If you're tired of waiting for hardware vendors to come out with iSCSI arrays, you can always build your own.
In the year since Microsoft announced its client-side iSCSI initiator, it has qualified approximately more than a dozen iSCSI targets, not counting NetApp's product line. Not bad, but nothing to write home about either. However, several software vendors have recently announced iSCSI target software for generic servers, which may result in more iSCSI storage to choose from--soon.
iSCSI target software players include FalconStor, which storage folks know as a storage virtualization pioneer, with its iSCSI Storage Server; StringBean Software with WinTarget; and Wasabi Systems with Storage Builder for iSCSI Appliances.
Both the FalconStor and StringBean offerings run on a native Windows platform--in FalconStor's case, on top of Windows Storage Server (WSS). With it, a storage vendor can quickly add iSCSI support to an existing network-attached storage (NAS) device running WSS, so that users redeploy WSS disk resources for block applications such as Microsoft Exchange. "If you've already bought a 1TB NAS system, but are only using 200GB of it and want to run Exchange on it, it doesn't make sense to go out and buy that storage again," says John Lallier, FalconStor vice president of technology.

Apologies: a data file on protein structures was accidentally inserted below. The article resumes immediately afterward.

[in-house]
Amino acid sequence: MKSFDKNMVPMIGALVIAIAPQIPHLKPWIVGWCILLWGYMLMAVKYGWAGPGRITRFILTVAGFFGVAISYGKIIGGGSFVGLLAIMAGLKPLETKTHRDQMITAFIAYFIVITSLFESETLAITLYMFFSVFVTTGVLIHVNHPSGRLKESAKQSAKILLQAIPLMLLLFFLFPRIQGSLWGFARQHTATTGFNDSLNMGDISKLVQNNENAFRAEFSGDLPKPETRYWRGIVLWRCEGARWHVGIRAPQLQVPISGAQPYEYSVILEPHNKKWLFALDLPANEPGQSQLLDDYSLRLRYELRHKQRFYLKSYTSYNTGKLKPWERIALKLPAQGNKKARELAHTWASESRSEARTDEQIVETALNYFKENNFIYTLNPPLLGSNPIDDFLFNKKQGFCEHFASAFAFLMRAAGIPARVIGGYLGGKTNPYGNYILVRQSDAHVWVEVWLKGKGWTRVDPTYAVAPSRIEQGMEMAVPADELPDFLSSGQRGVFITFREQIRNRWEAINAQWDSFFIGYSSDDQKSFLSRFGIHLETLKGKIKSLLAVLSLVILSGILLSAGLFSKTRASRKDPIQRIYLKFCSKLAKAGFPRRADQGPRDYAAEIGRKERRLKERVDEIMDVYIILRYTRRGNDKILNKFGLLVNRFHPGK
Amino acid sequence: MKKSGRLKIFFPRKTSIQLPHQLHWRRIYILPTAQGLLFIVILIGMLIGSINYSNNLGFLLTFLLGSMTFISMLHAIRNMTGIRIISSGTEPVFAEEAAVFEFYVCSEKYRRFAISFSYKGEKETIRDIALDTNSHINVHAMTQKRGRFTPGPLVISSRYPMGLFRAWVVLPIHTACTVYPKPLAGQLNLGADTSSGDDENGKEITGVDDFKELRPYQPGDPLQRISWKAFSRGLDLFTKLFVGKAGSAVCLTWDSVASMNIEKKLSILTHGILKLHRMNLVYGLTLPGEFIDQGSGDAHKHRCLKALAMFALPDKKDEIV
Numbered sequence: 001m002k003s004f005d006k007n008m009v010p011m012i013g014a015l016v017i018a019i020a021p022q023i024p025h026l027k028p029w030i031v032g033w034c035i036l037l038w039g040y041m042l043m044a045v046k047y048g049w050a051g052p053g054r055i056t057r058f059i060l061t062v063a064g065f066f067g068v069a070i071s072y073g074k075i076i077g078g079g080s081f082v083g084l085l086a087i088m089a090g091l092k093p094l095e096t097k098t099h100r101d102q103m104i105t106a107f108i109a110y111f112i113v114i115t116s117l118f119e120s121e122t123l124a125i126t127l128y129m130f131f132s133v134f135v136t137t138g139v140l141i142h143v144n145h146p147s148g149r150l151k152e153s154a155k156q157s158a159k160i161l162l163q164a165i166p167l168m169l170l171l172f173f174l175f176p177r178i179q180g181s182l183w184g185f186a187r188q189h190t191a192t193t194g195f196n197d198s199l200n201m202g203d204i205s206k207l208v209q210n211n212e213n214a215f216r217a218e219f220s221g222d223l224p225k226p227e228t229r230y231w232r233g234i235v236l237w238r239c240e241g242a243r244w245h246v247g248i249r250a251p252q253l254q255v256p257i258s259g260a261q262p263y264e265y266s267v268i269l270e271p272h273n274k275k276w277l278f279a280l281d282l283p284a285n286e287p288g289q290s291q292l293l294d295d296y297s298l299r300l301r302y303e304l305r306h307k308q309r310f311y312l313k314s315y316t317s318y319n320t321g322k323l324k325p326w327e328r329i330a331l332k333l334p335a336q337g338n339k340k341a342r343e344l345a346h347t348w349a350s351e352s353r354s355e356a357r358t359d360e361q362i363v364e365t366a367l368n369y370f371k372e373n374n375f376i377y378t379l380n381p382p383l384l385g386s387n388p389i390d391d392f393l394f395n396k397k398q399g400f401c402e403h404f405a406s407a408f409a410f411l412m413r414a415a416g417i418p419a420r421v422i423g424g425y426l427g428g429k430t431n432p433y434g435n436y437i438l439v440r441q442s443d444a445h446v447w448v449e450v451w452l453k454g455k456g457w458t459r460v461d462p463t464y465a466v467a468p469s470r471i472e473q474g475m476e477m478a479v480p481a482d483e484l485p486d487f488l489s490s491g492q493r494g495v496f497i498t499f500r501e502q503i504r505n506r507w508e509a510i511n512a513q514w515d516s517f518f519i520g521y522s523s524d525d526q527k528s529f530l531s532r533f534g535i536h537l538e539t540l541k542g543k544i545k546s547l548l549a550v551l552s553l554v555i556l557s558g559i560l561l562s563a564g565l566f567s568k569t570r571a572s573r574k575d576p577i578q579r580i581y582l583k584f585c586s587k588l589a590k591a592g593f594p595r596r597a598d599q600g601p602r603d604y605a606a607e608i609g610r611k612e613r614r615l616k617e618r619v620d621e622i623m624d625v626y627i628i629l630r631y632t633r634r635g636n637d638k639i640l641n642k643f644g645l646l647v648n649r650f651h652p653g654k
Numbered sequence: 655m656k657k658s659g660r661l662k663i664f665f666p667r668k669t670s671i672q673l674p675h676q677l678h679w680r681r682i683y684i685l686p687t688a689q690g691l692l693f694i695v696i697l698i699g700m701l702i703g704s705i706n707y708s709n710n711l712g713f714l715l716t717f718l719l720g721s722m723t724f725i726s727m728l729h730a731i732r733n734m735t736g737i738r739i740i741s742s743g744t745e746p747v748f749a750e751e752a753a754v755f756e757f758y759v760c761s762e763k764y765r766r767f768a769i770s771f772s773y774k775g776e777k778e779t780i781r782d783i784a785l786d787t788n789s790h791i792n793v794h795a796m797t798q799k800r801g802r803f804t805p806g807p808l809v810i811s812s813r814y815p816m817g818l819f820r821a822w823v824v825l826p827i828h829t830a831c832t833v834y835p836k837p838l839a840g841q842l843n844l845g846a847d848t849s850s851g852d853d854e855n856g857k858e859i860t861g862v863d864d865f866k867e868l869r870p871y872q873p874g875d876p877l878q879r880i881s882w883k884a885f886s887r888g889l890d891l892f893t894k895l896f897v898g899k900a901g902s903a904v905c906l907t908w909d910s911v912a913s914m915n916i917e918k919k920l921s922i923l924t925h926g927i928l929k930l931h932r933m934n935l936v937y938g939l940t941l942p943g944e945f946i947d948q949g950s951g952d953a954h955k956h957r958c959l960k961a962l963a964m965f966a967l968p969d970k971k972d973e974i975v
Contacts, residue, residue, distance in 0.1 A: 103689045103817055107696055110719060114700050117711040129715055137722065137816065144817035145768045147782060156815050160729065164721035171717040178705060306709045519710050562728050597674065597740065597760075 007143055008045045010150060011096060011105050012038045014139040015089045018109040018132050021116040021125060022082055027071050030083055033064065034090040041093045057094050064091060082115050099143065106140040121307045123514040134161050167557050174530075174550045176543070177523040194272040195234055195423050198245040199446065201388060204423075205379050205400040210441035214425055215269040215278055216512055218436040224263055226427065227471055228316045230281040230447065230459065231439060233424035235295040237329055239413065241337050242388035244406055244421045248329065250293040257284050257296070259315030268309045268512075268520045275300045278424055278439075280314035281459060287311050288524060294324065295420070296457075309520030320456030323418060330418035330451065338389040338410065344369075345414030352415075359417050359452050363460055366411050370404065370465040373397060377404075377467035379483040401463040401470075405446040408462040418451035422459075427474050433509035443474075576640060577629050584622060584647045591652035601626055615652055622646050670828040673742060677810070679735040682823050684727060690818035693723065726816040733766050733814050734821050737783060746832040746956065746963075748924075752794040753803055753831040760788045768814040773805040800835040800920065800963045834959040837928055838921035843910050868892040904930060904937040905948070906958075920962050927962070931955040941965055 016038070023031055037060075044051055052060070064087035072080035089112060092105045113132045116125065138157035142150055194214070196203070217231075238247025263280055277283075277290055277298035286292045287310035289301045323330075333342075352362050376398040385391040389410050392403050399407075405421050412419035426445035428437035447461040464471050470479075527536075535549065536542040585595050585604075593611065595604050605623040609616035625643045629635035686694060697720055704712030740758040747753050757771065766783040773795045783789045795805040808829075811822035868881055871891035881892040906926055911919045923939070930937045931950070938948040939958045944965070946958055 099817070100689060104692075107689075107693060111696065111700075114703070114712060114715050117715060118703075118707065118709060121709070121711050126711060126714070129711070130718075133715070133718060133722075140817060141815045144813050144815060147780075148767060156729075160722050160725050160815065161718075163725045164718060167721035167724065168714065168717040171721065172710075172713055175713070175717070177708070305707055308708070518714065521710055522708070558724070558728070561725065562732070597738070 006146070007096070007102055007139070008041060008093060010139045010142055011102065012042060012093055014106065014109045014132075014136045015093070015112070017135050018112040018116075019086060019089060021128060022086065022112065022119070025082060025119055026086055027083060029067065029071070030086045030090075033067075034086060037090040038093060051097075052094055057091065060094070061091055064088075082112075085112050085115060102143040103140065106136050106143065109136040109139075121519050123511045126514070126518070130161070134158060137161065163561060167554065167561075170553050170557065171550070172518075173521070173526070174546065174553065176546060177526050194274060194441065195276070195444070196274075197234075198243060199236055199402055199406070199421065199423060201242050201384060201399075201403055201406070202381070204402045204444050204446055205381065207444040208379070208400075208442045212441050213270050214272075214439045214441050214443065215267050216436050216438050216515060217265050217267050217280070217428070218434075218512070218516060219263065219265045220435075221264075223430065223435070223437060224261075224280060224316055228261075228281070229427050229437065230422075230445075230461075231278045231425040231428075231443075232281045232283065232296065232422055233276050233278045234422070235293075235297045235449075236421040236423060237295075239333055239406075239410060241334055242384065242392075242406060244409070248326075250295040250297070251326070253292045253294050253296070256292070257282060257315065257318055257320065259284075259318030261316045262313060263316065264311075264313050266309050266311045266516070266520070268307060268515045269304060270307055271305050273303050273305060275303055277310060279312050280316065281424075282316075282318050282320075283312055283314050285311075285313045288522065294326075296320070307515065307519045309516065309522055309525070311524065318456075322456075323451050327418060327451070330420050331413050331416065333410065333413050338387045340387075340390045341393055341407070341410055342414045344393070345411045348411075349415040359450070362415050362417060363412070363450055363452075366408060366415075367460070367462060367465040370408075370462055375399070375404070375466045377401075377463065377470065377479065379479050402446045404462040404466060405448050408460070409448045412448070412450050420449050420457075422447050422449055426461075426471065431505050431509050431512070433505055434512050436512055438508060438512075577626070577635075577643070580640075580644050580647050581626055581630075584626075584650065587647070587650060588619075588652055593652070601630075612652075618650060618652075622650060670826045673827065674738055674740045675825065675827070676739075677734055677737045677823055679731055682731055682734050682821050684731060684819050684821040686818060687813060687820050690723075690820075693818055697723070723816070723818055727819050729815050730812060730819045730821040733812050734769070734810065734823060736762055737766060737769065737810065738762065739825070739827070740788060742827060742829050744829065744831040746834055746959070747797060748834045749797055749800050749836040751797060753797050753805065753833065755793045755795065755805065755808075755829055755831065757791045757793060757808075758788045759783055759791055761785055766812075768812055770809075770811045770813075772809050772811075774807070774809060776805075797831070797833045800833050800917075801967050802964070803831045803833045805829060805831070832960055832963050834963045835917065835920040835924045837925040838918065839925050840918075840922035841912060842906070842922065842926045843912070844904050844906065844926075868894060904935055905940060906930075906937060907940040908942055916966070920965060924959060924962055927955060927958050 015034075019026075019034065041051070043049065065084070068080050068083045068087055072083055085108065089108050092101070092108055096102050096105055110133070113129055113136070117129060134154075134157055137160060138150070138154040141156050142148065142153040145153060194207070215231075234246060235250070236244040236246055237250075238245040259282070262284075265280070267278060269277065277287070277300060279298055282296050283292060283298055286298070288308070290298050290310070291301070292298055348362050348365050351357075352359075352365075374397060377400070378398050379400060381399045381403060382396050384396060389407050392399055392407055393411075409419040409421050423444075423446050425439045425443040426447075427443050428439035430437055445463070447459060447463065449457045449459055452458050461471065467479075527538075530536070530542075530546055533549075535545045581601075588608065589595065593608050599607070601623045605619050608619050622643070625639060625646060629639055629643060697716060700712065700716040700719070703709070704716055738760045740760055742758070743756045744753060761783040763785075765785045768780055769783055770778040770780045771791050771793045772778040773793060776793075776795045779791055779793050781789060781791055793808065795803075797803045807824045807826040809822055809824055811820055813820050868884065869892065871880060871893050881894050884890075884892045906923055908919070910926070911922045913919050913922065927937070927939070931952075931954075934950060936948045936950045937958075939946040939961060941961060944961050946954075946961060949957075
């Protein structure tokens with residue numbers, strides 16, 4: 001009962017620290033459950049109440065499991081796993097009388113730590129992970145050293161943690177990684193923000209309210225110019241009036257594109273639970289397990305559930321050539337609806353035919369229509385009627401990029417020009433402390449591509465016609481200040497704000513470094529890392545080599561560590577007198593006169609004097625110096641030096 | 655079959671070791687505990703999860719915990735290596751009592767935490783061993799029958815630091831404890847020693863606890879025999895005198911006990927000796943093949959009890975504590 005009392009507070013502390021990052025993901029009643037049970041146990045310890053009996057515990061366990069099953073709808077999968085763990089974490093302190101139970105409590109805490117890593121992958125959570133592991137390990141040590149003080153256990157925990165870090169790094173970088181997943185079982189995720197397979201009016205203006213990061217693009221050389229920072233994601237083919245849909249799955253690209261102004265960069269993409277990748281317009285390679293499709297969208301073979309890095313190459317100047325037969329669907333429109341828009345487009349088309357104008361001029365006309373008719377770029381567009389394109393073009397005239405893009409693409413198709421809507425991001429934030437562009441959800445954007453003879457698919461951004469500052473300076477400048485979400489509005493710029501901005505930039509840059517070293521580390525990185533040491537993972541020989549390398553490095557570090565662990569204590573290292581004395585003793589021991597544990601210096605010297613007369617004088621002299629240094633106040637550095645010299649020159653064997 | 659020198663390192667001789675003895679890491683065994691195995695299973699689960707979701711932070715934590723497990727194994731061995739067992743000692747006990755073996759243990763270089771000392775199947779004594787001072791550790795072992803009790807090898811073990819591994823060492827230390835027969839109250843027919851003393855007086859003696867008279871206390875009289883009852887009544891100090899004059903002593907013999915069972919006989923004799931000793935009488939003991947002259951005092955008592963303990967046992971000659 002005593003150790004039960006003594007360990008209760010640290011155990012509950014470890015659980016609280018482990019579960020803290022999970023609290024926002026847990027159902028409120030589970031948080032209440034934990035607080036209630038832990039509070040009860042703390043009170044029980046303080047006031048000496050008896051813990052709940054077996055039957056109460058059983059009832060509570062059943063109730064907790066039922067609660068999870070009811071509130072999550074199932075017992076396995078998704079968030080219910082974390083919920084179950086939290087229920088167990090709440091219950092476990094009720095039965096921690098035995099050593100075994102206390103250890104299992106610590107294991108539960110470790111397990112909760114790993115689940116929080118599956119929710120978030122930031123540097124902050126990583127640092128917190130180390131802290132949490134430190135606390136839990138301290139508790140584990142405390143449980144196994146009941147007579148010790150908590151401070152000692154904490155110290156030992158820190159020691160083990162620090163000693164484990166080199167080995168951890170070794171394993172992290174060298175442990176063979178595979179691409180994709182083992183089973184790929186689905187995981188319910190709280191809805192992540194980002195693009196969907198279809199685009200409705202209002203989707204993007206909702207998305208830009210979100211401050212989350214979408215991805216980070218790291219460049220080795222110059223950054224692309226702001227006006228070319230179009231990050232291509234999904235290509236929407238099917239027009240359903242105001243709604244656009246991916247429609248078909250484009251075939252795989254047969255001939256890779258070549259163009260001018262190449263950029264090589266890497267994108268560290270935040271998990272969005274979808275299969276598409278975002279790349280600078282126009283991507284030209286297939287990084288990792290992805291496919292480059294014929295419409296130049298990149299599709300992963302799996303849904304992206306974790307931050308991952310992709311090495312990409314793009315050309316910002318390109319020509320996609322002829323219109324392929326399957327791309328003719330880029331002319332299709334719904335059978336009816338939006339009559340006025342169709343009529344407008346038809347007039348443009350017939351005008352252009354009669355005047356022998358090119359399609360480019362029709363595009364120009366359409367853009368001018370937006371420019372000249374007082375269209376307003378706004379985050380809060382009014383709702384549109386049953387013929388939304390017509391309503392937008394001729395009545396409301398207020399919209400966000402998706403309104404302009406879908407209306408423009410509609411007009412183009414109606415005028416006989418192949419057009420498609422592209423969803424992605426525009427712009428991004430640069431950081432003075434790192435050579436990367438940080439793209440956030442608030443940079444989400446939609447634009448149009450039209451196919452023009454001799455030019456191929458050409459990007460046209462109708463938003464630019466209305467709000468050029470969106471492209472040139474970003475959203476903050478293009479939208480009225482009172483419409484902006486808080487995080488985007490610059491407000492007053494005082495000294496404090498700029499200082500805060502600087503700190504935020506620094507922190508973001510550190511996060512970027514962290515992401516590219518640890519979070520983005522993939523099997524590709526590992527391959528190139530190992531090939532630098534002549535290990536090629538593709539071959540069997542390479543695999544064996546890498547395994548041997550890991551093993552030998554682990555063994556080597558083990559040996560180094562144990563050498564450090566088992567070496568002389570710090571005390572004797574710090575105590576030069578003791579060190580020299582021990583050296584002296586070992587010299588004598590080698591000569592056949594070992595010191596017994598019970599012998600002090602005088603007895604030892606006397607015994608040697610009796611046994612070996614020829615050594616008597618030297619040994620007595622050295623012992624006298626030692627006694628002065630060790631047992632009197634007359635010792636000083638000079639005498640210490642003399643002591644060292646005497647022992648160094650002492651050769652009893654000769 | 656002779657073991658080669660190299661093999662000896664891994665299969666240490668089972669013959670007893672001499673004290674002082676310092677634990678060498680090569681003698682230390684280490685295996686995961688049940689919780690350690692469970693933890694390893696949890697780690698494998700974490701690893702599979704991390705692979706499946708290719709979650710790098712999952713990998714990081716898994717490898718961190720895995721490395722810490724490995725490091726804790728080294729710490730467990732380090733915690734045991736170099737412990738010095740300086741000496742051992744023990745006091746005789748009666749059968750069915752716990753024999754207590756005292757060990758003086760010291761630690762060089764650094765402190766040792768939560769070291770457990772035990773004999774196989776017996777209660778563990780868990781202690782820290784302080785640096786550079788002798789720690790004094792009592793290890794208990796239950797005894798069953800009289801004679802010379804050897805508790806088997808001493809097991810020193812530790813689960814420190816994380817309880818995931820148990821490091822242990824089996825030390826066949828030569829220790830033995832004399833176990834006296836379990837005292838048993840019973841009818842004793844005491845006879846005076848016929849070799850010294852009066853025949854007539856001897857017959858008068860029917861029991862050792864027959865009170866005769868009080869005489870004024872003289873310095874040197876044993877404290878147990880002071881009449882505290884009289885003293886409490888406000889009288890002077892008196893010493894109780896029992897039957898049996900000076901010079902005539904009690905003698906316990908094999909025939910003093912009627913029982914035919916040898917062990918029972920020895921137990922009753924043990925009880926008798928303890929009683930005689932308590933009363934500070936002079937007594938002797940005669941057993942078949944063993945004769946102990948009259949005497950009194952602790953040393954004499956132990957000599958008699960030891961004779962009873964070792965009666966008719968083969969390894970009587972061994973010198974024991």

StringBean's WinTarget, meanwhile, has gotten the nod from an important beta tester--Microsoft, which is using WinTarget in conjunction with its own Virtual Server virtual machine software to test and demonstrate systems without having to deploy dedicated hardware, explains Claude Lorenson, Microsoft's technical product manager for storage.
Wasabi's Storage Builder, meanwhile, runs on NetBSD, and is delivered on a CompactFlash card so that storage vendors can quickly drop it in to existing storage hardware. What kind of storage vendors? "Tier 2 OEMs," says Jim Schrand, vice president of marketing at Wasabi. "An EMC," for example, "wants to be perceived as a software company," and as such will probably write its own iSCSI target software. "But a Dell," he posits--"they're not going to roll their own software."